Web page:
99 episodes

CapX editor John Ashmore interviews the most interesting people in politics
See acast.com/privacy for privacy and opt-out information.

The CapX Podcast CapX

    • News
    • 4.1 • 28 Ratings

CapX editor John Ashmore interviews the most interesting people in politics
See acast.com/privacy for privacy and opt-out information.

    Vivek Ramaswamy on the woke-industrial complex

    Vivek Ramaswamy on the woke-industrial complex

    There's a new, invisible force at work in the highest ranks of corporate America and it's behind what may be the defining scam of our era. By co-opting social causes and embracing 'wokery' America's biggest companies have pulled the wool over people's eyes, subverting both democracy and the free market capitalism that made the country great.
    But don't take my word for it. Our guest this week, Vivek Ramaswamy, has seen this phenomenon first hand, from Wall Street internships to Ivy League classrooms and then as the CEO of a successful pharmaceutical company, he's witnessed the emergence of the woke-industrial complex.
     
    His recently released book Woke, Inc. takes us behind the scenes, revealing the inner workings of the scam but also offering a better way forward.

    See acast.com/privacy for privacy and opt-out information.

    • 30 min
    Duncan Weldon on 200 years of muddling through

    Duncan Weldon on 200 years of muddling through

    Why is the British economy the way it is today?
    That's the rather daunting exam question The Economist's Duncan Weldon sets himself in his newly released book 200 Years of Muddling Through - The surprising story of Britain's economy from boom to bust and back again.
    It's fair to say that Weldon succeeds in answering it with his pacy, vivid canter through the Industrial Revolution, two World Wars, post-war decline and resurgence in the 1980s, right up to the current crisis.
    We were delighted to get Duncan on to the podcast for a chat about the book and his reflections on the where the British economy may be heading as we recover from the Covid cataclysm.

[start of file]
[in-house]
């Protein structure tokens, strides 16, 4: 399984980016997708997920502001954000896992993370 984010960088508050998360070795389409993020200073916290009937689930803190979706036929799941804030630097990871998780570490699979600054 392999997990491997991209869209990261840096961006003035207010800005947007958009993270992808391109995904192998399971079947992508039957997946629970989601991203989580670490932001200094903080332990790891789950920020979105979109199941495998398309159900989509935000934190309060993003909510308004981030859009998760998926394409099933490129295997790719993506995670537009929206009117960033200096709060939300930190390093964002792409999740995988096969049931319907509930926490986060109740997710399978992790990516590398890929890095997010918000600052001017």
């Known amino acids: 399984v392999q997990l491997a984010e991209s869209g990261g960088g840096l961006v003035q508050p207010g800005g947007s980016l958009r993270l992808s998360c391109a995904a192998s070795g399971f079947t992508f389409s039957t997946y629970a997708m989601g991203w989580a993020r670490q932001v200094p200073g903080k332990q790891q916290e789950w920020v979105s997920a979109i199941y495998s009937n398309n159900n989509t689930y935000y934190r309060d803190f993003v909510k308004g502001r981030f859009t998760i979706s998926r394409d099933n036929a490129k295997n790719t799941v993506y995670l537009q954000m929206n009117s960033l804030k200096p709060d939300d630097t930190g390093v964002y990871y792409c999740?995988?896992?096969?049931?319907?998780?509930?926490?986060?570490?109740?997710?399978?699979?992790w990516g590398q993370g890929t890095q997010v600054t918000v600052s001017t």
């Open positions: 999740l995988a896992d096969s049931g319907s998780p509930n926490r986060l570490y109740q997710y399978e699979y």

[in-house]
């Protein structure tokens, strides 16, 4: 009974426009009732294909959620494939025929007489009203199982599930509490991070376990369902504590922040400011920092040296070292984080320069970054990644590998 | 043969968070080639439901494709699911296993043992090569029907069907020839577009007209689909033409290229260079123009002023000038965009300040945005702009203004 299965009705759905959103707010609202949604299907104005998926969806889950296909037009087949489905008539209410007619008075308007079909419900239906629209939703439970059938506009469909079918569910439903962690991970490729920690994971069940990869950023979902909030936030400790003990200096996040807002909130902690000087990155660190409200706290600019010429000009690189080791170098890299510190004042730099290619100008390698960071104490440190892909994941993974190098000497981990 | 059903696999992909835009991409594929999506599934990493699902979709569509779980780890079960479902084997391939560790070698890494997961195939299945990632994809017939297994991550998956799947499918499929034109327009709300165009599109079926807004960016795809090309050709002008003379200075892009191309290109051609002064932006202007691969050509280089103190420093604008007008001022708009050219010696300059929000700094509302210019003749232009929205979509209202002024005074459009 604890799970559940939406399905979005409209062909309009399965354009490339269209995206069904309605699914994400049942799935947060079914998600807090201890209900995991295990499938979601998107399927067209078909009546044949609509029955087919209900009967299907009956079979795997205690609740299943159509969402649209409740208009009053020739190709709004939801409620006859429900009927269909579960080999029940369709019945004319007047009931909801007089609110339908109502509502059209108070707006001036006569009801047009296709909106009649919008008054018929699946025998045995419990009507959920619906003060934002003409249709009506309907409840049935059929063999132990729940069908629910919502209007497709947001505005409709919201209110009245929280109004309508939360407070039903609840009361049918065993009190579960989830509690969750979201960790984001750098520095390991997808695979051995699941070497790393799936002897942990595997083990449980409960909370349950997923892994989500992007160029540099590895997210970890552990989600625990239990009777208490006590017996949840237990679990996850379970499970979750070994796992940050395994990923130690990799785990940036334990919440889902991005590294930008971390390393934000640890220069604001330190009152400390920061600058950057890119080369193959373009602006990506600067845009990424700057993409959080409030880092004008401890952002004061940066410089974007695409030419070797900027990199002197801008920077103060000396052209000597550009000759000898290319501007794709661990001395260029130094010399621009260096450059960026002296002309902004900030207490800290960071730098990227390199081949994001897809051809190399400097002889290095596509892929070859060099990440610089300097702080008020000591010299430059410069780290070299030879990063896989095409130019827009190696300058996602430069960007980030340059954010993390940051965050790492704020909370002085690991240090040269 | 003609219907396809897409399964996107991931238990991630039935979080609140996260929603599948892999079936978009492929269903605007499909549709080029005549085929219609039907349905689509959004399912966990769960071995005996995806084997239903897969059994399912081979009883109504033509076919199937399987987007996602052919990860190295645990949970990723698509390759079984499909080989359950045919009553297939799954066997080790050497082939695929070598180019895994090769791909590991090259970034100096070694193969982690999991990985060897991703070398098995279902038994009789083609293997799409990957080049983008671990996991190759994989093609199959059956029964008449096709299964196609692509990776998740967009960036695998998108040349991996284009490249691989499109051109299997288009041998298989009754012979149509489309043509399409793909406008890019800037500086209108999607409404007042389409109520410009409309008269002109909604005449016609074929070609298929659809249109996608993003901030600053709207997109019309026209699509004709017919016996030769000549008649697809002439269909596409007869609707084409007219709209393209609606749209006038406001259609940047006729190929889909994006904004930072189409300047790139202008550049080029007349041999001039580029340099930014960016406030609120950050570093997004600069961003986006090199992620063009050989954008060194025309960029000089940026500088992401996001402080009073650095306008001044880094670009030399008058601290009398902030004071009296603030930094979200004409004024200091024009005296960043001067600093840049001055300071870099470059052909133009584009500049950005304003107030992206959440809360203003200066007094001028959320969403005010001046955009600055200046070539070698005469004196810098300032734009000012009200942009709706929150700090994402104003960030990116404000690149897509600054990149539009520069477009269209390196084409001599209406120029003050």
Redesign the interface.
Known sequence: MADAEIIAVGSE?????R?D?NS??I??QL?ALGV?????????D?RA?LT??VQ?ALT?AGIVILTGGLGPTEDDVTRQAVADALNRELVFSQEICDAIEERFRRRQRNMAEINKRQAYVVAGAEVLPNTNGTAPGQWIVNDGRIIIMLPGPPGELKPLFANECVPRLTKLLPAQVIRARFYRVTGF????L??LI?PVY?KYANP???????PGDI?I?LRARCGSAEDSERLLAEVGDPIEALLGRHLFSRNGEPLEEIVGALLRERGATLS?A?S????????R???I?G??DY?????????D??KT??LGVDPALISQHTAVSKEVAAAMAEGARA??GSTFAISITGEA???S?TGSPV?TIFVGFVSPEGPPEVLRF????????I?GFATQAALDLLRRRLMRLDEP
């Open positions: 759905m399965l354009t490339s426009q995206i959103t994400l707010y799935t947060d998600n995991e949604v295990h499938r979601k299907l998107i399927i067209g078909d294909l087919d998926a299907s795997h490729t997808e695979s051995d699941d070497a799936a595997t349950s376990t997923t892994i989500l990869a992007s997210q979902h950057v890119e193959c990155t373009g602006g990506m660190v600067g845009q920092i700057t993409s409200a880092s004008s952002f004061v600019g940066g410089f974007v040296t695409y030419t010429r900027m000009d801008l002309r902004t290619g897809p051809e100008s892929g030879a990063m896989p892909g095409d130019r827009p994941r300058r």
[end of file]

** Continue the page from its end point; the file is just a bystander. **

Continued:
See acast.com/privacy for privacy and opt-out information.

    • 44 min
    David Skelton on the New Snobbery

    David Skelton on the New Snobbery

    Long before the Red Wall became a part of our everyday political lexicon, David Skelton was talking and writing about the disconnection between post-industrial Britain and the country's political class. 
    Skelton's latest book 'The New Snobbery' is partly a polemic about the disdain and condescension voters in these communities have faced from so-called progressives, particularly since the Brexit referendum. But it's also a call to arms to offer a new settlement for communities that have for too long been kept on the margins of Britain's political, economic and cultural life.

    See acast.com/privacy for privacy and opt-out information.

    • 47 min
    Frank Luntz on the New Language of Politics

    Frank Luntz on the New Language of Politics

    Few people know more about the language of politics and how to effectively communicate with the public than Frank Luntz.
     
    As an award winning political and communications consultant, pollster and pundit, Dr. Luntz has served as an election consultant and commentator in national elections across the globe. He has worked for more than 50 Fortune 500 companies and CEOs, and he is the author of three New York Times bestsellers. He also has friends in high places, having conducted his very first political polling for the Oxford Union campaign of one Boris Johnson.
     
    For the last six weeks Frank has been a Visiting Fellow at our parent organisation, the Centre for Policy Studies. During that time he's been conducting a mega-survey of British public opinion, delving in huge detail into our attitudes to moral values, capitalism, technology and the culture wars. We sat down to discuss the new centre of gravity of British politics, and why Frank sees himself as a 'reverse Paul Revere', journeying across the Atlantic to warn us 'the Americans are coming'.